The CIH working group had its monthly meeting yesterday and was treated to a fascinating lecture provided by University of Calgary PhD Candidate Chris Hyland, on his current work in the area of emigre Canadian professors. Hyland looks at Academic history in Canada and his lecture spotlighted the experiences of Samuel Mack Eastwood, a Canadian born scholar who had to flee Germany during the interwar period.
The lecture highlighted some important considerations when doing this type of research. Eastwood's experience reminds us that refugee experiences are more than just the experiences of one individual - their whole family is more often than not detrimentally impacted by the events which cause one to flee a country. Participants in the discussion were also reminded of the importance of contextualization when looking at the circumstances of scholars who suffered through these events. Eastwood served in the army in the First World War and as a foreign diplomat afterwards, on top of his years as a professor in Canada. His political views were shaped by these events and he was outspoken about his socialist thoughts while a professor in British Columbia.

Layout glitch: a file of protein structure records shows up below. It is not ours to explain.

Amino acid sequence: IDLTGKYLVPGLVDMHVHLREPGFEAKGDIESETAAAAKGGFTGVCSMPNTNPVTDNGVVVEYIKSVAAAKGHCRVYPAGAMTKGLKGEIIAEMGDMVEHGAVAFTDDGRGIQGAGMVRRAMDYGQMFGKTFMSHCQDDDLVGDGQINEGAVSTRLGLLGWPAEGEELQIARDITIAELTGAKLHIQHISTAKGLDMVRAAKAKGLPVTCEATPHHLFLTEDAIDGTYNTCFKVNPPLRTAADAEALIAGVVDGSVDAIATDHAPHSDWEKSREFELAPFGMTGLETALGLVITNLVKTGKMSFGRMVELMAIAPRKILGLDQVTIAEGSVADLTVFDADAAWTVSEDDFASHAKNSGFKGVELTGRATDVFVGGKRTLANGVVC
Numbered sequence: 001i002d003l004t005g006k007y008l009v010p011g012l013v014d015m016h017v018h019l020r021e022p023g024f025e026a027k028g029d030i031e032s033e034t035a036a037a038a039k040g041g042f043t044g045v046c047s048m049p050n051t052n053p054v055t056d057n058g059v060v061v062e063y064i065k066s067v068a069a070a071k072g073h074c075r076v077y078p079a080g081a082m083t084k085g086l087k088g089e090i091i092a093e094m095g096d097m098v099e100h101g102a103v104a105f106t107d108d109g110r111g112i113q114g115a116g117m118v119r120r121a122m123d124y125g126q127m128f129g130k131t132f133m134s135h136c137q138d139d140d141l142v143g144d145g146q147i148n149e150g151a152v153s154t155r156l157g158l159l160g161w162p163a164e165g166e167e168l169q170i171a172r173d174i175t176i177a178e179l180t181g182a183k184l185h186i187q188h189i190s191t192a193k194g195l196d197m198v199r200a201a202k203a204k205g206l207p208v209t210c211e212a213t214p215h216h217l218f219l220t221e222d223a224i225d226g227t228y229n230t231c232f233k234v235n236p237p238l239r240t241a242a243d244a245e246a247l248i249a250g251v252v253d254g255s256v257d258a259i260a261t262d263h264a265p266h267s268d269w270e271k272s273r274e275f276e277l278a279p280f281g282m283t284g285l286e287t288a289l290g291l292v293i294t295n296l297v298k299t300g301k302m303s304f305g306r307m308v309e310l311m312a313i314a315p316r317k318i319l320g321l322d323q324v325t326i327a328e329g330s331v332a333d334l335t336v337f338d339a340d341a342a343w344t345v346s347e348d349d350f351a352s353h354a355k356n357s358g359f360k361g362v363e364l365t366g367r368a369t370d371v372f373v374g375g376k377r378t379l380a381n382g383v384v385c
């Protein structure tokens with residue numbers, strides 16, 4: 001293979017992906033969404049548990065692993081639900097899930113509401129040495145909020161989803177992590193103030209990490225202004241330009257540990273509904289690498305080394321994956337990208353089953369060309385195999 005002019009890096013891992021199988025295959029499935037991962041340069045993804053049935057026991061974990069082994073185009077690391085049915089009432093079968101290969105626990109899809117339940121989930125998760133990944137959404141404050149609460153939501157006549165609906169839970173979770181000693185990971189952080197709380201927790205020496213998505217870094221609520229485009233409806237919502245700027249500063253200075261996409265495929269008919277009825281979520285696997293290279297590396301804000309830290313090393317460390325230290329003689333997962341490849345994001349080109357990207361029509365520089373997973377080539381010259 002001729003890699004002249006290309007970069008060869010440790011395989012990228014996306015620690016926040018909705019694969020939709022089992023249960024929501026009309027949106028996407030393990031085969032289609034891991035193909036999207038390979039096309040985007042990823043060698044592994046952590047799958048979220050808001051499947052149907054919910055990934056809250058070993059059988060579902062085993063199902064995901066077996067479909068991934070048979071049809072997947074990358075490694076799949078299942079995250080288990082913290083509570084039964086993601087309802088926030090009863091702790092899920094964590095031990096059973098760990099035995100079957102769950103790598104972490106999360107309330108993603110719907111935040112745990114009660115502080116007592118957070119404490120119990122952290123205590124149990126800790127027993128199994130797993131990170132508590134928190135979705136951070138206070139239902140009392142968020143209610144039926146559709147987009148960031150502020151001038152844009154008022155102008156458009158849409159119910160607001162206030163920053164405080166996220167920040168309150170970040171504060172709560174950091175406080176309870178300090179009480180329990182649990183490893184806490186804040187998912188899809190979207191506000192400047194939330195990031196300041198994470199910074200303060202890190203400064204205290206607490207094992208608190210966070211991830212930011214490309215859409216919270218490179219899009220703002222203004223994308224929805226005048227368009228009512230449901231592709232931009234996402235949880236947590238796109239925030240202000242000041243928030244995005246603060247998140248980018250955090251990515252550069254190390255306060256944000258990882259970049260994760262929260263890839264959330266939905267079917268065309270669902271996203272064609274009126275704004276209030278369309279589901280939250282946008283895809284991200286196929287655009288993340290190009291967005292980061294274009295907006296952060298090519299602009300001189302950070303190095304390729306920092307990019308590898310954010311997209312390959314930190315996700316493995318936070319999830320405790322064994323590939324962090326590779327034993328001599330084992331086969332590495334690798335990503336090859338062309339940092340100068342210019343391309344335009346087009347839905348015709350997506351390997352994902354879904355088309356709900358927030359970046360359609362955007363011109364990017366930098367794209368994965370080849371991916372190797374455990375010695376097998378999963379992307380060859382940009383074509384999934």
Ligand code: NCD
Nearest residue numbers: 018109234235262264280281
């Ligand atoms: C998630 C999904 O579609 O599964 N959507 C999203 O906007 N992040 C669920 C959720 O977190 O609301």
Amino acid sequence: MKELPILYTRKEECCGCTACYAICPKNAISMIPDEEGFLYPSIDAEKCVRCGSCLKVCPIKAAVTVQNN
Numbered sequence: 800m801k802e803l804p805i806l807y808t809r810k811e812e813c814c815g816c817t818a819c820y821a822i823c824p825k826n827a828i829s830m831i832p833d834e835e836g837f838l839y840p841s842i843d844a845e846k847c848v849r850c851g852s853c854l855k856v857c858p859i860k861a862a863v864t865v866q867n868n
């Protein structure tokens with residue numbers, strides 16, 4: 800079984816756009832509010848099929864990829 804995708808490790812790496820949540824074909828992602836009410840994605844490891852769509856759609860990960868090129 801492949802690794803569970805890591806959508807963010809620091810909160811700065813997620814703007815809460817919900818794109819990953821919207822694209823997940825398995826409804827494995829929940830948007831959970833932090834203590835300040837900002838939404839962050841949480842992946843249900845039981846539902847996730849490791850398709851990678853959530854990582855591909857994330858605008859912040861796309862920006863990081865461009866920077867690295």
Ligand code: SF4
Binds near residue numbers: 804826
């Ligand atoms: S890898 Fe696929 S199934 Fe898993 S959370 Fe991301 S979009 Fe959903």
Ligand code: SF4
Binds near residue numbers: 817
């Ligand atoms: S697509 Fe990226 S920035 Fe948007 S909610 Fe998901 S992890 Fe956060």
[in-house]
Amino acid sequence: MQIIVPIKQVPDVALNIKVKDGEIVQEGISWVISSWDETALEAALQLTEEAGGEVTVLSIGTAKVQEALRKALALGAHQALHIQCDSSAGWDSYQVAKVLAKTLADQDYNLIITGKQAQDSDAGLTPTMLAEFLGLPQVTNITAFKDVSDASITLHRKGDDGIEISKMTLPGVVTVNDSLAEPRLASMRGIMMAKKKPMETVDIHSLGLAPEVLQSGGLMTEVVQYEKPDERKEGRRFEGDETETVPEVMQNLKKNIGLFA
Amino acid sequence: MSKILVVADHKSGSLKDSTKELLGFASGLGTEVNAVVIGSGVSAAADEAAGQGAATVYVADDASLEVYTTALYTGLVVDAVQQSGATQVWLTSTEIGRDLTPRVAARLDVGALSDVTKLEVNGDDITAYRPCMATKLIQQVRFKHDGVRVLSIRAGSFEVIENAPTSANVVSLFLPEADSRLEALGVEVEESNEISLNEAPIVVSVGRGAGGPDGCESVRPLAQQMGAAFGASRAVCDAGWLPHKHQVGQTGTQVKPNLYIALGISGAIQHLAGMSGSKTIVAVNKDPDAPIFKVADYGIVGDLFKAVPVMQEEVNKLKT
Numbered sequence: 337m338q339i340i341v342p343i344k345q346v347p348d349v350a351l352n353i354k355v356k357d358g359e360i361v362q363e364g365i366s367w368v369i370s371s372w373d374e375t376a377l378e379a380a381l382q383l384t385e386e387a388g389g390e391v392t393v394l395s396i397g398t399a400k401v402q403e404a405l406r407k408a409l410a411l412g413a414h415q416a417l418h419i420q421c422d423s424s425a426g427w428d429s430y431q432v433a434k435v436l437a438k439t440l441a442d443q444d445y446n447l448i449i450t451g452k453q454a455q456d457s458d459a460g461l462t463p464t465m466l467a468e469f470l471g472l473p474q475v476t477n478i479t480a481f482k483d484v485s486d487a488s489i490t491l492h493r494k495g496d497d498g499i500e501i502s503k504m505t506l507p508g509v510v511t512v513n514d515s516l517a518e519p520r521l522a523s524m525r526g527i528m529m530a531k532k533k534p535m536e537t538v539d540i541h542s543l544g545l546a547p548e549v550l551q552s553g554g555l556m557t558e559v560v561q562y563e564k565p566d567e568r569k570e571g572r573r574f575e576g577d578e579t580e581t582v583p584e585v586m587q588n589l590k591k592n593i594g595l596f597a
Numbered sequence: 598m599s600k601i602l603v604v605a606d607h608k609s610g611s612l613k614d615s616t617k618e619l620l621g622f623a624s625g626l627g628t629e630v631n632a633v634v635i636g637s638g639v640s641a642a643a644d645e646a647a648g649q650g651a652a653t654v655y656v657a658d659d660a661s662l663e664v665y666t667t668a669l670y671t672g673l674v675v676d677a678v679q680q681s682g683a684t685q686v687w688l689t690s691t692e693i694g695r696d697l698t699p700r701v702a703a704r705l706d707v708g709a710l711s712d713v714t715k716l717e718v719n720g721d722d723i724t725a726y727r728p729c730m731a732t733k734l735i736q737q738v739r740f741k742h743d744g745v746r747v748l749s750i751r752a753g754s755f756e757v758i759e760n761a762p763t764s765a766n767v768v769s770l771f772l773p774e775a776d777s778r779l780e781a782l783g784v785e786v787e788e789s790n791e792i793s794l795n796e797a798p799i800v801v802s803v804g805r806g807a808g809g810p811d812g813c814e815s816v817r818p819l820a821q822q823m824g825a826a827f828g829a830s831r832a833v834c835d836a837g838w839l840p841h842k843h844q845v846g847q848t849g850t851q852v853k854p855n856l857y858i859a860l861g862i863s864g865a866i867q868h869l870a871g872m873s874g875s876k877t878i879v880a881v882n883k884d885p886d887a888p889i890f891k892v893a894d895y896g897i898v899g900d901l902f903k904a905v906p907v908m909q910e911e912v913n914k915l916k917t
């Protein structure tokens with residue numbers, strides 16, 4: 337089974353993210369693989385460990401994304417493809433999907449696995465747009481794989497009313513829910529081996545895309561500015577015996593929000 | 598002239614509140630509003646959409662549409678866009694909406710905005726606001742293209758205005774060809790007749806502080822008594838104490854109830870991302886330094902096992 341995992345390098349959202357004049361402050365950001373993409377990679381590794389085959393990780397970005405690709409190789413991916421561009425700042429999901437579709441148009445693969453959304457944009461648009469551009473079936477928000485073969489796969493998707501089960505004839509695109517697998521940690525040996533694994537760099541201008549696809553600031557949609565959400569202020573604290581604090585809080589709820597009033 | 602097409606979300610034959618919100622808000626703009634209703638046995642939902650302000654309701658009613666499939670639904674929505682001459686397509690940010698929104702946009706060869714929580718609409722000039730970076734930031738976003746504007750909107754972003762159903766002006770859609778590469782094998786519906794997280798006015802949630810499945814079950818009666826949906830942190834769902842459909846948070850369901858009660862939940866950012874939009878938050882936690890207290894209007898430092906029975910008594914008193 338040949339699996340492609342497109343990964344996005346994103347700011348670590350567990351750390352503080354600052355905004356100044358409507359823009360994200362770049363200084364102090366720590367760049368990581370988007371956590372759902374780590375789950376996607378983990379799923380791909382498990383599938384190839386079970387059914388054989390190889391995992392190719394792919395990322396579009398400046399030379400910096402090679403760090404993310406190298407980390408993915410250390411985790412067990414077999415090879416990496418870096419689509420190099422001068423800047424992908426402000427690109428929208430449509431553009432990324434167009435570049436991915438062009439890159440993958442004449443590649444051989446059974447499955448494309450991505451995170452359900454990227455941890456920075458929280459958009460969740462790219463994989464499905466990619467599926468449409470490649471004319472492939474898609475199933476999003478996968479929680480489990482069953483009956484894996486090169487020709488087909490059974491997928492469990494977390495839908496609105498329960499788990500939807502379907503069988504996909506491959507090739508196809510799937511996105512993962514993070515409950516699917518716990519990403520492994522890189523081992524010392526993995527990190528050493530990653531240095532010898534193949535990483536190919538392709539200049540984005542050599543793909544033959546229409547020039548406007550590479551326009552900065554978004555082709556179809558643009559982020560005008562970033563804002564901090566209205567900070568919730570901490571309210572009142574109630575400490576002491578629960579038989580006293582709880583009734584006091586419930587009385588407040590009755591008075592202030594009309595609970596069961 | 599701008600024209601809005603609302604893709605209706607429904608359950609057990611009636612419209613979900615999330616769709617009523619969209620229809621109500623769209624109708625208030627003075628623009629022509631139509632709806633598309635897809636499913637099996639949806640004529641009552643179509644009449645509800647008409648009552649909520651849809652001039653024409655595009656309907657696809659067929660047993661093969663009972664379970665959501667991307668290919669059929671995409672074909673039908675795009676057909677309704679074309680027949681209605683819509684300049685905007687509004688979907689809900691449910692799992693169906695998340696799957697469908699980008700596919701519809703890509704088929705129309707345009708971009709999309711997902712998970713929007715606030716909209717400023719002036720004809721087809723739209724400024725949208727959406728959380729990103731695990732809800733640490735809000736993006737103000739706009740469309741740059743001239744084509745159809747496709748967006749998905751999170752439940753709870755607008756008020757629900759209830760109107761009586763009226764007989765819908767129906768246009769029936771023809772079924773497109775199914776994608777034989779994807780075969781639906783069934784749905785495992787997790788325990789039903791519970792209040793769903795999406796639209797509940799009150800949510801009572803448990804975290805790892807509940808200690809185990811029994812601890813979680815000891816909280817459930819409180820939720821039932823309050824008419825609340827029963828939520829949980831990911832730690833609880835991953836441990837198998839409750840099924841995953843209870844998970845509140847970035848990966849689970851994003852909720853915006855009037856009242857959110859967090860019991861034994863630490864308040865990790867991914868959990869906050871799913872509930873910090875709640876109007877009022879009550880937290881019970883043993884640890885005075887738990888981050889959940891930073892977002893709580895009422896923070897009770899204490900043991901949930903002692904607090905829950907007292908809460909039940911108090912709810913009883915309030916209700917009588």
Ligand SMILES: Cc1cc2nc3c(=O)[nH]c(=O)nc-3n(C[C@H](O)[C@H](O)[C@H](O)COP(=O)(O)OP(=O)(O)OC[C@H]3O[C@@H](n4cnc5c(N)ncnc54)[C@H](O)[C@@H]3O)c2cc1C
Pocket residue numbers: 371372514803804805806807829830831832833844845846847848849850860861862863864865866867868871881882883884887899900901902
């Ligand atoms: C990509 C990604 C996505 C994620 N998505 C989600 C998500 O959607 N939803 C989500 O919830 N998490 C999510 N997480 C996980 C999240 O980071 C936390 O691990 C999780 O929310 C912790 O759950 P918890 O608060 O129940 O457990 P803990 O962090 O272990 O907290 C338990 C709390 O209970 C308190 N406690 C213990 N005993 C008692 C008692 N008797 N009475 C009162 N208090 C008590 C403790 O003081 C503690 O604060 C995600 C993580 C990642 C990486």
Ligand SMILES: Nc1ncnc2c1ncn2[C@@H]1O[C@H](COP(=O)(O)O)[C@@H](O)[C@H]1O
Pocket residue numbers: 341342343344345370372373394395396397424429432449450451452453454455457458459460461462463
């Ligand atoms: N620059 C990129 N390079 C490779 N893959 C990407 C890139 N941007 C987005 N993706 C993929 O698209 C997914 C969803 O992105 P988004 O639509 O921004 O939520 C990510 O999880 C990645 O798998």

Further discussion is needed on the topic of forced migration due to political leanings. Similarily Russian academics have been on the margins of this discussion thus far. It would be interesting to determine how prevalent the viewpoints of either pacifism and communism are among the academics who fled or were acting as refugees.